Tariffs, Retaliation and Repercussions

On May 31st, U.S. Commerce Secretary Wilbur Ross announced President Trump’s new tariffs for Canada, Mexico, and the EU: 25 percent tariff on steel imports and 10 percent on aluminum imports. The move has been a long-time promise from Trump in his “America First” campaign, in which the president claims “the United States has been taken advantage of for many decades on trade, and it’s time to ‘always put America’s interests first’.”

The tariffs have been highly criticized by both domestic economists and international allies, sparking a trade war with retaliatory tariffs from multiple countries. A June 1st op-ed in The Hill characterized Trump’s move as “the quintessential application of a 19th-century remedy to a 21st-century problem” that will hurt America’s allies far more than it will China.

“Let me be clear: These tariffs are totally unacceptable,” said Canadian Prime MInister Justin Trudeau in response to the new tariffs. The PM announced his country would impose retaliatory tariffs on $12.8 billion worth of U.S. goods, to be put in place on July 1st and remain until the “frankly insulting” U.S. steel and aluminum tariffs are removed.

The EU is promising tariffs of equal value on U.S. products such as blue jeans, motorcycles, boats, and steel, and some have already begun. Several EU leaders and spokespeople expressed their extreme dissatisfaction with the move by Trump. European Commission President Jean-Claude Juncker called the tariffs “totally unacceptable.” Germany spokesman Steffen Seibert said the tariffs bring “the danger of a spiral of escalation, which in the end harms everyone.” Strong U.S. ally French President Emmanuel Macron said the tariffs were illegal.

These growing tensions point to the growing isolation of the U.S. caused by Trump’s “America First” ideology. This was most evident at the G7 summit at the beginning of this month. French Finance Minister Bruno Le Maire told reporters June 1st that “unfortunately we are going to have a G6 plus one with the United States alone against everyone and running the risk of economic destabilization.”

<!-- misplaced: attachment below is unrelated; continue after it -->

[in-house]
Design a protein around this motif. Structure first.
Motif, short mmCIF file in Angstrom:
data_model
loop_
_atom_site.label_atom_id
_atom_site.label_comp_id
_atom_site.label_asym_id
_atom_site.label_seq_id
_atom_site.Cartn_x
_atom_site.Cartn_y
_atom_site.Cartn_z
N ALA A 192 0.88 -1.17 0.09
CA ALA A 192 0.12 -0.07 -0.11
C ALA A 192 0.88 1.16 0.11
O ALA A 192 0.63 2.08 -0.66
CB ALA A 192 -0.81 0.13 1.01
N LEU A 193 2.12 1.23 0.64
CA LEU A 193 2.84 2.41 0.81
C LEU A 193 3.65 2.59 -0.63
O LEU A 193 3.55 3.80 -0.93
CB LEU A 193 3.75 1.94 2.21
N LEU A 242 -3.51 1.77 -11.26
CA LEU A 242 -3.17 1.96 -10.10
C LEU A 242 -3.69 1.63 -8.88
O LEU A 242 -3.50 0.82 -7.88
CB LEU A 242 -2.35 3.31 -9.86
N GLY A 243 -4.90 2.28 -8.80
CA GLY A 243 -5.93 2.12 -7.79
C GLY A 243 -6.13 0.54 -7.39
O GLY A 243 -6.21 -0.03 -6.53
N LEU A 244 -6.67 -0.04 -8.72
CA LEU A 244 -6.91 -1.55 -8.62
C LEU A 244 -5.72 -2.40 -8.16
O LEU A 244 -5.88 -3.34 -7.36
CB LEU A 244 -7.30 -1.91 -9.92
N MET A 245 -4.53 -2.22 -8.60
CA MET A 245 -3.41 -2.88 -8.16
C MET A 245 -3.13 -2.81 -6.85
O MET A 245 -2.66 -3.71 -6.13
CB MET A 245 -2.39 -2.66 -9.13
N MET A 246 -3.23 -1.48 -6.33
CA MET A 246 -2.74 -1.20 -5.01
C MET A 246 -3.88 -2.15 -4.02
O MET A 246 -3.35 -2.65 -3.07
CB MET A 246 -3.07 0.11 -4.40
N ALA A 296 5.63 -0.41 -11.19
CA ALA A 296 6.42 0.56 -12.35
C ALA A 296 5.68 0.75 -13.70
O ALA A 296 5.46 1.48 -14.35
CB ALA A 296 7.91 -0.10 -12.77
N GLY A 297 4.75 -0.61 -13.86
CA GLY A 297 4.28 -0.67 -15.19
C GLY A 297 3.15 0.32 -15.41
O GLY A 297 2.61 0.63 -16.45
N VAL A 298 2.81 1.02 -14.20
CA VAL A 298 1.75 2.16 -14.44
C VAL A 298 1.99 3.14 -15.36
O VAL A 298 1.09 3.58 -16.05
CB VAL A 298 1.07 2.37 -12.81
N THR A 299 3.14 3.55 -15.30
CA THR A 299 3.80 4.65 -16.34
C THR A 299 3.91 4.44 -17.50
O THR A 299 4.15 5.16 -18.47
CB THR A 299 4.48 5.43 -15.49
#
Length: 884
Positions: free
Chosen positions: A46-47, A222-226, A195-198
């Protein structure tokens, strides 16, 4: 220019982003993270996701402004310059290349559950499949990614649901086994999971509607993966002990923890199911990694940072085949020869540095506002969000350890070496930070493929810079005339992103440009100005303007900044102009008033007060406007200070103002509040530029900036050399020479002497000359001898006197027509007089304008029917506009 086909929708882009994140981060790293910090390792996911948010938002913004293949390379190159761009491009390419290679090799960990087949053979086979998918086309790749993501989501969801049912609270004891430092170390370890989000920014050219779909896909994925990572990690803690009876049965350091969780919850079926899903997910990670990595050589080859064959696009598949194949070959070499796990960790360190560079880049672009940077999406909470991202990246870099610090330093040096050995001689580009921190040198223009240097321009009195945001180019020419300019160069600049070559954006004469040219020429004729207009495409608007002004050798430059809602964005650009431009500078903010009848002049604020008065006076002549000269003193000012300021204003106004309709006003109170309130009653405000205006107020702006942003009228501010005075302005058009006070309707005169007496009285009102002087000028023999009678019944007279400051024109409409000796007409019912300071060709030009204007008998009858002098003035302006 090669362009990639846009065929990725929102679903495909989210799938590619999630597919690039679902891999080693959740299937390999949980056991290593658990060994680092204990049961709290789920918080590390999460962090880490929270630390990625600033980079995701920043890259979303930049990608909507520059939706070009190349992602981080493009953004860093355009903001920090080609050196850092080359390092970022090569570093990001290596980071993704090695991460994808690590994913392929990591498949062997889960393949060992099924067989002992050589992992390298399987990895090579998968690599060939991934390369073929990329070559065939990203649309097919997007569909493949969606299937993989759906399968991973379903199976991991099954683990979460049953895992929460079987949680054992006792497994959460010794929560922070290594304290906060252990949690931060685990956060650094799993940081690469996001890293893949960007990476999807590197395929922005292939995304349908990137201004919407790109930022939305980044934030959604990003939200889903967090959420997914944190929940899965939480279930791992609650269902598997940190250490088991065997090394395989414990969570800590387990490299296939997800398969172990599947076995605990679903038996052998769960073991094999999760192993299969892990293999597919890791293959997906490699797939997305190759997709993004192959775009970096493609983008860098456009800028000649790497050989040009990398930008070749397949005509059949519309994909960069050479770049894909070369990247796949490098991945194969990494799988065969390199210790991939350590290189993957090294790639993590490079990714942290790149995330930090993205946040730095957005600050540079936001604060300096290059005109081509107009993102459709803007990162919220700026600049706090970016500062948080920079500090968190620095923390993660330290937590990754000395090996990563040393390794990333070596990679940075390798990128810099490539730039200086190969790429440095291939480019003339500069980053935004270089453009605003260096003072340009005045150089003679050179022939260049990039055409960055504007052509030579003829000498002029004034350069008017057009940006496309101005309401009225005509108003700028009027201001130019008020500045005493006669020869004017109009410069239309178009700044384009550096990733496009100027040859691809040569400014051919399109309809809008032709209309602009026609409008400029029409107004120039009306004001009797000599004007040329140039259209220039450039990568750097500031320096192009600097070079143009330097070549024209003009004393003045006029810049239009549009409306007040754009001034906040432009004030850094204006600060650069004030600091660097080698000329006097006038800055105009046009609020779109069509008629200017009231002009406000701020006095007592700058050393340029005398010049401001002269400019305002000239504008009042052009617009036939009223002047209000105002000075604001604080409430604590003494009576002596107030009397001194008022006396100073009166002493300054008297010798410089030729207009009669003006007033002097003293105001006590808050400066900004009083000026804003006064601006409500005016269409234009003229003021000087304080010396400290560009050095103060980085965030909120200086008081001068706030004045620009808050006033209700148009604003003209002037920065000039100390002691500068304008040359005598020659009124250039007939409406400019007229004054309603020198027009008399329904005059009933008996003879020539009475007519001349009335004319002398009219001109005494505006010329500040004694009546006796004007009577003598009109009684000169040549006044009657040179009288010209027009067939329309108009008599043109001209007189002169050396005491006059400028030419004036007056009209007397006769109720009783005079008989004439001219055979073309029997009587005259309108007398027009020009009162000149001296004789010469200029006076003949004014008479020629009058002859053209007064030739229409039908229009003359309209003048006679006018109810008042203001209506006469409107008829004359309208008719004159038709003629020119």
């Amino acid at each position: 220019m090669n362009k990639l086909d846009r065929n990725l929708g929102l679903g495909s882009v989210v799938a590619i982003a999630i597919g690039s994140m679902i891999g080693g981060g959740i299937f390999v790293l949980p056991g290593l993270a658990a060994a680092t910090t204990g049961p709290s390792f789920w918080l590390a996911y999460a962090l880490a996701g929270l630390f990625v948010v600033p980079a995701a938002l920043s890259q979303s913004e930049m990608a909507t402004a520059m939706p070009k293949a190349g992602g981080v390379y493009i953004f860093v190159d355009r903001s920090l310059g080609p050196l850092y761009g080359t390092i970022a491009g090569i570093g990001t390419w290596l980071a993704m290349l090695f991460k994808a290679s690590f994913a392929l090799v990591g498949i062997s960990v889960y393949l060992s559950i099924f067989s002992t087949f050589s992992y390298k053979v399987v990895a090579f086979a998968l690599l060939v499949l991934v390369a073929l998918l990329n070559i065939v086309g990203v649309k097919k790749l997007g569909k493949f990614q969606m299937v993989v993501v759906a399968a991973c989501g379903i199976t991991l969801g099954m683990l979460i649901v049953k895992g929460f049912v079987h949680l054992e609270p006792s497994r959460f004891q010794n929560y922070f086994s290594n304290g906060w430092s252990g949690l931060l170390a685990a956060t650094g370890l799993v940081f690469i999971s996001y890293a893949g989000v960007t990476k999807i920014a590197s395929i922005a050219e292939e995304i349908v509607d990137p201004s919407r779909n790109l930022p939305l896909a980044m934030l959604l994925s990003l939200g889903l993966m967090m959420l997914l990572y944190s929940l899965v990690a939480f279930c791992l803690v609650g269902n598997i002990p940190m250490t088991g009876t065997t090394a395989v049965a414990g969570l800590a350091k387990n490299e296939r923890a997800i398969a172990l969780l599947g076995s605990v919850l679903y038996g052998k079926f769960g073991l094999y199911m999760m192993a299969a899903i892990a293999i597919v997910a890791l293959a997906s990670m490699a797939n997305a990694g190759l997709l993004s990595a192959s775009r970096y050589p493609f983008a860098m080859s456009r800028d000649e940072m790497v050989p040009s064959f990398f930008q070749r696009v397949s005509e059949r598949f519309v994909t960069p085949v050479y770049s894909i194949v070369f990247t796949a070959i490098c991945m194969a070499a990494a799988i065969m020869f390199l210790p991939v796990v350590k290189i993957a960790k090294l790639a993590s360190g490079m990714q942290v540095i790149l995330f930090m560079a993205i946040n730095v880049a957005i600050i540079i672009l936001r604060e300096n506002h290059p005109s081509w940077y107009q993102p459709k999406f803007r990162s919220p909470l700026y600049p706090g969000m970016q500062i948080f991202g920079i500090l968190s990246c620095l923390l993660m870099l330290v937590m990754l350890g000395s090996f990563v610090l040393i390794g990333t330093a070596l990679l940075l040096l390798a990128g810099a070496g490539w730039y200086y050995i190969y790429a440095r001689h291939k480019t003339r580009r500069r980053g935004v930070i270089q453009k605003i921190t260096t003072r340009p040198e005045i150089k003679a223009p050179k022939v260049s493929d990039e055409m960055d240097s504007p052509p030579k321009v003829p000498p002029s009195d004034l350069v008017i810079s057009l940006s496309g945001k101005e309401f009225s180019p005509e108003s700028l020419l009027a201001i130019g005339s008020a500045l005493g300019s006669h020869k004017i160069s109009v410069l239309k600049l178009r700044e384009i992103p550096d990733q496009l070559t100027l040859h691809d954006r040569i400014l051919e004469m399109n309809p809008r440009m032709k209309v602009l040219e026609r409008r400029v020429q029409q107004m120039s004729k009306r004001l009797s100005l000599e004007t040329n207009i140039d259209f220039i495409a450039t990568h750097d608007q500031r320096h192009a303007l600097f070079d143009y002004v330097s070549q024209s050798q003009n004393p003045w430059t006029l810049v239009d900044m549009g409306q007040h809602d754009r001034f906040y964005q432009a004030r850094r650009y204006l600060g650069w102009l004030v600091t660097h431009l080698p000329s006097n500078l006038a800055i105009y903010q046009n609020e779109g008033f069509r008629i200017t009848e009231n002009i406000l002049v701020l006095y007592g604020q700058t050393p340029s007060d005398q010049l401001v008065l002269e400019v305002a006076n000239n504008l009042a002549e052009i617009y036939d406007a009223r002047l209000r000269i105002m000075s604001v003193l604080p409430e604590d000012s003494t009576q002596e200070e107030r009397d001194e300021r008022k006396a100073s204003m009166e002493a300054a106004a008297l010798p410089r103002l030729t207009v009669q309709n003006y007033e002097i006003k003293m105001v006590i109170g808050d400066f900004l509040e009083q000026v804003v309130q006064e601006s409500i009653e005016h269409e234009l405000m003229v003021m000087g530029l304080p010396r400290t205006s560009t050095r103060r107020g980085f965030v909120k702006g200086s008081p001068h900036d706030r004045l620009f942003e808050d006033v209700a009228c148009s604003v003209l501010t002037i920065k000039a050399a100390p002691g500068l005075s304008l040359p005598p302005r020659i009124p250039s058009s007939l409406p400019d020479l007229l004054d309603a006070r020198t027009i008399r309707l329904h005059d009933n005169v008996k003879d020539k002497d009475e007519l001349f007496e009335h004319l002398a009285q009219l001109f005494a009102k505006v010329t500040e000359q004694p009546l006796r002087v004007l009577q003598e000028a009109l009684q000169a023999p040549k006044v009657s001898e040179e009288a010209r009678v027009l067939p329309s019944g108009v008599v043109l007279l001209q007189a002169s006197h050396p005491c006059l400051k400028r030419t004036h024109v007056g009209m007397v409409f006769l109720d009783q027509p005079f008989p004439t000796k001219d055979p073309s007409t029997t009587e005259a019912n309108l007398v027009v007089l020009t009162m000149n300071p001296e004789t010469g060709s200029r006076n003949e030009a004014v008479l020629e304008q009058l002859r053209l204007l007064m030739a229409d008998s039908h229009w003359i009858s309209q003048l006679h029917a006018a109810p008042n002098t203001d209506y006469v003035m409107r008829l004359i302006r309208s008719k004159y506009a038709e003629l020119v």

American companies and even fellow Republicans, including House Speaker Paul Ryan, have also spoke out against the move:

“Instead of addressing the real problems in the international trade of these products, today’s action targets America’s allies when we should be working with them to address the unfair trading practices of countries like China,” Ryan wrote in a statement following the tariff imposition. “There are better ways to help American workers and consumers.”

U.S. companies are now having to decide how they will survive the retaliatory tariffs. Most notably, the motorcycle company Harley Davidson, which has operated in the U.S. for over 100 years, announced it would be shifting production of some products outside of the U.S., to countries such as Brazil and Thailand. That move could be permanent. Trump was outraged by their move, tweeting Tuesday, June 26th that Harley Davidson would be “taxed like never before!” if they produce outside the U.S.

Trump has expressed no desire to modify the tariffs, despite the growing international and national tensions it has caused. He claims the move is in the interest of America’s national security. “We are opening up closed markets and expanding our footprint,” he tweeted Tuesday. “They must play fair or they will pay tariffs!”

This seems to be only the beginning of the growing trade war. Trump also claims that the U.S. Commerce Department is almost finished with their study of tariffs on EU cars. The study could lead to further tariffs placed on automobiles exported to the U.S. from EU countries, particularly Germany.

 

 

 

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